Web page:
D.

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Thomas Dallam 2 – Transcript



This is the transcript of episode 2 of my series on, and leading up to, Thomas Dallam, the Elizabethan organ builder who sailed to Constantinople with a gift for the Sultan. You can listen to the episode here or through the usual podcast services.

Welcome back to our thus-far effectively Dallamless series on the life and times of Thomas Dallam, one of the most successful organ-men of the 17th century, and also, for a few months in Constantinople, the fulcrum on which Anglo-Ottoman relations pivoted. But we should recap.

As we saw last episode, Elizabethan England was some distance removed from global empire status. In fact, its merchants were casting about for overseas markets, constrained as they were by the successes of the hostile Spanish and Portuguese dominating the ways west and south respectively, to the Americas and Africa, by turmoil in the Spanish Habsburg ruled Low Countries, and by the Ottoman Empire’s stranglehold on overland trade with the east. This was not quite the England of sugar and slaves and the sun never setting. That was on the way though, and both sugar and slaves were becoming important.

Continue reading Thomas Dallam 2 – Transcript


Thomas Dallam 4: Edward Barton in Constantinople



Edward Barton takes up residence in Constantinople, struggles with his unofficial position, navigates the death of a sultan, and eventually goes to war alongside the Ottomans against a Christian foe. And Thomas Dallam’s departure creeps closer.  Thanks for listening!

D.

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Twitter: @circus_human

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Thomas Dallam 3: England’s First Ambassador



Elizabethan England’s engagements with the Islamic world continue in this episode, this time taking us back to Constantinople with England’s first ambassador there, William Harborne. There’s piracy, palace intrigue, and Harborne’s steadfast distaste for French and Venetian diplomats. Enjoy!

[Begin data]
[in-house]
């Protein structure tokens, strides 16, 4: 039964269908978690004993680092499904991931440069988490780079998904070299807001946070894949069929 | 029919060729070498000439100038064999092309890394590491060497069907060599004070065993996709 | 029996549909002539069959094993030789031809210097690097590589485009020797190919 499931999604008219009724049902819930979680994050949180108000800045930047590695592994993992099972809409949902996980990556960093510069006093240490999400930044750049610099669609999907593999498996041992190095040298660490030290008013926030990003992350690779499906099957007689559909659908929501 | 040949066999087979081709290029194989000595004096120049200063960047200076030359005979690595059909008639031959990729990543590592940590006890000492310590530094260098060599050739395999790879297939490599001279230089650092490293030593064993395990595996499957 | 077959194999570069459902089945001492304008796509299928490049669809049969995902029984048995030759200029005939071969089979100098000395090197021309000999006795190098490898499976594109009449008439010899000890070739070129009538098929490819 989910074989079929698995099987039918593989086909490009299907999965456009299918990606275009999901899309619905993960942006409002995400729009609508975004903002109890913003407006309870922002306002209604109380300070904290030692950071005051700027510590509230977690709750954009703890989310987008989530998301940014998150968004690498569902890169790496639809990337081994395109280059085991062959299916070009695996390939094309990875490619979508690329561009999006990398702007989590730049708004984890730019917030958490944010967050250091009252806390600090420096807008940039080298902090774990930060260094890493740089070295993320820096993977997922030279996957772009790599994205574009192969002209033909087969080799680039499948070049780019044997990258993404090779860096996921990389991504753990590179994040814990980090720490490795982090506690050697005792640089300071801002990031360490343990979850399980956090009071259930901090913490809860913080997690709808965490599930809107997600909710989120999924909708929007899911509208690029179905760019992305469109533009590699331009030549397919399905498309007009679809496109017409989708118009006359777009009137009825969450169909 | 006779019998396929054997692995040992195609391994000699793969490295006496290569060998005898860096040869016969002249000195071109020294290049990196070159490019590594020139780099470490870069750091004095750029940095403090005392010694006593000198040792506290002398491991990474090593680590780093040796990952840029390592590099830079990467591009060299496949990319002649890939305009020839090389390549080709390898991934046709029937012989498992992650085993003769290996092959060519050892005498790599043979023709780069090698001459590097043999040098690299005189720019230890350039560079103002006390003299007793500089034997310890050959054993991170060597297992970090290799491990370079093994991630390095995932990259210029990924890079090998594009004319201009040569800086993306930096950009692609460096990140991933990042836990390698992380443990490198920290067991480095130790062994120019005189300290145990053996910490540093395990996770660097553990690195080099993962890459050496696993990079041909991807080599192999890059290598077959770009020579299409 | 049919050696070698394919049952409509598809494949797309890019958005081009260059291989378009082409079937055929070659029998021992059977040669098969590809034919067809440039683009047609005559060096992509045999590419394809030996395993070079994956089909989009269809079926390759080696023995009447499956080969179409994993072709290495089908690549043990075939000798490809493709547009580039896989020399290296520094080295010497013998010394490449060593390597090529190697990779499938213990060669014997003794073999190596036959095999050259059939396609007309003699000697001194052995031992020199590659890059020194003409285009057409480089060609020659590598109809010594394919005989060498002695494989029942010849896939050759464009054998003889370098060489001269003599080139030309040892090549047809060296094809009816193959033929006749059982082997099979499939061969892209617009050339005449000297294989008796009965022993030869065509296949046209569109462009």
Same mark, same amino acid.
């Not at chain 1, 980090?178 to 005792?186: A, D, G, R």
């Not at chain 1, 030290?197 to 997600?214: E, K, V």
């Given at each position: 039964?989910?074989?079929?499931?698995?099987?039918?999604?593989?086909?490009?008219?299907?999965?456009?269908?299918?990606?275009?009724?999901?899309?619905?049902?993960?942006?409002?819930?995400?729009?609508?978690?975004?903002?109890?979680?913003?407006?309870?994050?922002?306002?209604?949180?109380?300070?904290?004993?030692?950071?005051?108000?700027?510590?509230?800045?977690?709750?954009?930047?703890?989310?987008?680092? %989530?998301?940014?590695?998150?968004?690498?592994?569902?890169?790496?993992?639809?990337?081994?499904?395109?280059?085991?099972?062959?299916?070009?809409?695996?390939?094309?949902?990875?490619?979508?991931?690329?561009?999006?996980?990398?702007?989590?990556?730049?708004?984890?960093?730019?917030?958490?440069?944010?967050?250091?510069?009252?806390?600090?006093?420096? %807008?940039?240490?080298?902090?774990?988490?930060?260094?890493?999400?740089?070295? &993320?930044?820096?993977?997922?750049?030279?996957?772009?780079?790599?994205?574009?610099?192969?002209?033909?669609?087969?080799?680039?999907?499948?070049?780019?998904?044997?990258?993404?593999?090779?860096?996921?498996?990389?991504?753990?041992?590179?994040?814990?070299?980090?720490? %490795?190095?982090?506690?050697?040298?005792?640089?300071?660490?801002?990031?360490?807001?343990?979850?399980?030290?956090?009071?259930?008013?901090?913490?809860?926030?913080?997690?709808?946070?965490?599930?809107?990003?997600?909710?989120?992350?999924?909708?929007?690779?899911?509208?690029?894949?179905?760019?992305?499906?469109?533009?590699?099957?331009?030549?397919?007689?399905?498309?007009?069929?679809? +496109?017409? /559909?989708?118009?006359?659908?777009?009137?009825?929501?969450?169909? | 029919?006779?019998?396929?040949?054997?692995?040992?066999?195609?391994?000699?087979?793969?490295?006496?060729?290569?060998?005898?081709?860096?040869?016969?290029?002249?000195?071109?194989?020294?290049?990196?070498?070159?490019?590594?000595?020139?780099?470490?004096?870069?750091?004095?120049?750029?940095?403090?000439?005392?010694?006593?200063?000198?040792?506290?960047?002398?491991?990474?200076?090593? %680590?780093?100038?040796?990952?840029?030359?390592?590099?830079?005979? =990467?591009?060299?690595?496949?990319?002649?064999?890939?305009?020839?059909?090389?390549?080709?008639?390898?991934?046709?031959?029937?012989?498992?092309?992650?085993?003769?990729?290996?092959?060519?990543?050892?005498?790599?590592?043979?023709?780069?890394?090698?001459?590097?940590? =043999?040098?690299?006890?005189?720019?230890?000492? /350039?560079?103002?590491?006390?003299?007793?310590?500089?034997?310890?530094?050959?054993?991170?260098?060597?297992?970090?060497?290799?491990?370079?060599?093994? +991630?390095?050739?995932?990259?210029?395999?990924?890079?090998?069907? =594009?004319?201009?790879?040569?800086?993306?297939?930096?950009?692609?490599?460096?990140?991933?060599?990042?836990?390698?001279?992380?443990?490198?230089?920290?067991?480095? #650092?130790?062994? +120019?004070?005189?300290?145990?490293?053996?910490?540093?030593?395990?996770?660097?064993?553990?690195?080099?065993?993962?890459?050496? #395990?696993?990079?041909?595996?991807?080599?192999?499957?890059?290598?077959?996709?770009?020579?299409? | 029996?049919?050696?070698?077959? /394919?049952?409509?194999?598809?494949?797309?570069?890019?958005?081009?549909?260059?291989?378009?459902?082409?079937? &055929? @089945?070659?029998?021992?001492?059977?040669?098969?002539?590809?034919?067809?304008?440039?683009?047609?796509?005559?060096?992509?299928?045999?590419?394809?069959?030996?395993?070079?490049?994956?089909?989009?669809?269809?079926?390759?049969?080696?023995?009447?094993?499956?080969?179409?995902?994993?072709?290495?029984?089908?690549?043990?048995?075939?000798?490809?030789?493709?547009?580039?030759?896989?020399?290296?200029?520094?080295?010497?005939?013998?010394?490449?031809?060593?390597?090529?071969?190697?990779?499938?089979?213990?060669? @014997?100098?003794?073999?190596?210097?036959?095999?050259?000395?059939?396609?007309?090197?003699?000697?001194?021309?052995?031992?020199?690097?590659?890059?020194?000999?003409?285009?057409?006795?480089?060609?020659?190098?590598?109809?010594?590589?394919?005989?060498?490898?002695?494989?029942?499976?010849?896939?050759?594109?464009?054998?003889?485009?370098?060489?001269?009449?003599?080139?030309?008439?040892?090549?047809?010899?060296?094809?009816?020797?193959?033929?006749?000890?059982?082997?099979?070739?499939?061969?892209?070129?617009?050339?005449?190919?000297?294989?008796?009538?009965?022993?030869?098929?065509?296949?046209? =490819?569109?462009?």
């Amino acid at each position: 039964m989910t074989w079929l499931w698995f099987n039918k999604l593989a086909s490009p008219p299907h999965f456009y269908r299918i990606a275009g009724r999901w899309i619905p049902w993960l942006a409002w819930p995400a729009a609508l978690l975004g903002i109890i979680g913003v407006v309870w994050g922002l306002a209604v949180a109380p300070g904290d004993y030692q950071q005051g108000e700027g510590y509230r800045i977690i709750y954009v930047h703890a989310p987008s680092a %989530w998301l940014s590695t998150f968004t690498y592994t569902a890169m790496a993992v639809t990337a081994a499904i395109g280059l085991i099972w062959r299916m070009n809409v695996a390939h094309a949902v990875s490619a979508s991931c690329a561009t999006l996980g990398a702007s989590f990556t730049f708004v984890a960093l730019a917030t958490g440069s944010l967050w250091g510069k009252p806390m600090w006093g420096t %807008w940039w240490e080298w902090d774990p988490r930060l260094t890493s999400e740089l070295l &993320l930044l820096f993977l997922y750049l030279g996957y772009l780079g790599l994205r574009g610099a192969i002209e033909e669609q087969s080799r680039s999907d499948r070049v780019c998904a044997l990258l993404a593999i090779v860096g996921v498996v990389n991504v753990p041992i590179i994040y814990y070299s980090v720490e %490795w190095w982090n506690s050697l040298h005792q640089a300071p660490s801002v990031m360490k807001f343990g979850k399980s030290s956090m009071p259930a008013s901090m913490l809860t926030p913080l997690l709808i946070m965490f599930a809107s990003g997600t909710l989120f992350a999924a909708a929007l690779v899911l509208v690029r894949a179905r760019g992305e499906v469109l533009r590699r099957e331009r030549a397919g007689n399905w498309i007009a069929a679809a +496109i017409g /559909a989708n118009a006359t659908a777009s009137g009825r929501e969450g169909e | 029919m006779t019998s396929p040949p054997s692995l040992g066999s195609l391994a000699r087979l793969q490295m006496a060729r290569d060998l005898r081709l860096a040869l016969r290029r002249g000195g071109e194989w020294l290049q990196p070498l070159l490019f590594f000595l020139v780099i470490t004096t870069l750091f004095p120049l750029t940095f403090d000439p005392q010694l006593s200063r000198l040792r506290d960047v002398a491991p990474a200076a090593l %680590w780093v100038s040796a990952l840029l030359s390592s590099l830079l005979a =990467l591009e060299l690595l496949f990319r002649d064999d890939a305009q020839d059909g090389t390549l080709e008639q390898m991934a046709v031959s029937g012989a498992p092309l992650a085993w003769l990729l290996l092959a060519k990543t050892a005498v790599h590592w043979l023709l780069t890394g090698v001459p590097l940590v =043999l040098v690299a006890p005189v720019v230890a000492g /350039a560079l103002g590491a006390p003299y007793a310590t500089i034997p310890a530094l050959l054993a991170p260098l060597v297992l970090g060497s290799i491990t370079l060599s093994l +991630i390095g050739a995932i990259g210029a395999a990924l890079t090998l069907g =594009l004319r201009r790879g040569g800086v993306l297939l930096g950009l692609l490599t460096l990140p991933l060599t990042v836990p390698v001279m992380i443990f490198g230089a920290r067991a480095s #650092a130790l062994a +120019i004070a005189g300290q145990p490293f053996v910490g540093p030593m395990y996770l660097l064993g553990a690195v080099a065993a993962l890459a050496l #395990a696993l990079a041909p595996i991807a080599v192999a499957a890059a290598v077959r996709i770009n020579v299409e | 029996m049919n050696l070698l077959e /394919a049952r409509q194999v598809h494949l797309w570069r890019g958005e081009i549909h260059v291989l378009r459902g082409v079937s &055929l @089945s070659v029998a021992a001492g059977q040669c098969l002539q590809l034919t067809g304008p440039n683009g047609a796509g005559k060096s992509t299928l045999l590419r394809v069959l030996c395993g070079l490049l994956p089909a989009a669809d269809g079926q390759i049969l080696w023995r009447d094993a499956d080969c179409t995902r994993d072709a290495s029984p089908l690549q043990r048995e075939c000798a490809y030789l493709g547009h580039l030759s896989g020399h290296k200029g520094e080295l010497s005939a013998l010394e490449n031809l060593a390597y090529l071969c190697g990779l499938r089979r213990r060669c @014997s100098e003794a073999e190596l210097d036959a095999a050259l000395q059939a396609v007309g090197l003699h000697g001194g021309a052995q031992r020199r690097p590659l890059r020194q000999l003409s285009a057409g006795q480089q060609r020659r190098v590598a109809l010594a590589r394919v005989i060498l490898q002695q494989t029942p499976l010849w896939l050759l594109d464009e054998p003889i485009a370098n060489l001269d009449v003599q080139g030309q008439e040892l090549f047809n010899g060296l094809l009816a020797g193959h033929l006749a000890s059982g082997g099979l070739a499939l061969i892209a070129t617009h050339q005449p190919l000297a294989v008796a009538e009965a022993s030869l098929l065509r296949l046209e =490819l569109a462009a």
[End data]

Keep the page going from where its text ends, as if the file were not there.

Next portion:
Devon.

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Thomas Dallam 1 – Transcript



This is the transcript of episode 1 of my podcast series on, and leading up to, Thomas Dallam, the Elizabethan organ builder who sailed to Constantinople with a gift for the Sultan. You can listen to the episode here or through the usual podcast services.

“The ship wherein I was to make my voyage to Constantinople, Lying at Graves End, I departed from London in a pair of ores, with my chest and such provision as I had provided for that purpose, the ninth of February 1599, being Friday.”

So begins the travel journal of a man on the cusp of a 15-month adventure. Its writer was no professional sailor, soldier, merchant or ambassador, but he was entrusted with the international delivery of a very special package. He seems never to have left England before, but on that February day, he was leaving for the court of the Ottoman Sultan, Mehmed the 3rd.

Continue reading Thomas Dallam 1 – Transcript


Thomas Dallam 2: The Anglo-Moroccan Relationship



The prelude to Dallam’s Ottoman adventure continues with Elizabethan England’s trade and where it took them. Today, that means Morocco, and England’s often forgotten 16th-century friendship with its sultans. We’ll get into antagonism with Spain, Portuguese misadventure in North Africa, and trade for sugar, saltpetre, and shot. There’s a lot of interesting stuff there. Thanks for listening!

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Thomas Dallam 1: Jenkinson and the Safavid Shah



We begin the journey of Thomas Dallam, Elizabethan organ-maker and ill-prepared ambassador to the Ottoman Sultan. This first episode, we’re not actually going to get to Dallam though. We’re setting the stage, introducing some of the background, and following a man named Jenkinson to Safavid Persia. Jenkinson is an interesting figure in his own right, and it’s also a way to dip into the world of trade and diplomacy that Dallam was going to find himself in.

Thanks for listening!

Shop: www.redbubble.com/people/HumanCircus

Twitter: @circus_human

Donate to the podcast: https://ko-fi.com/A7071B1K

Email: HumanCircusPod@gmail.com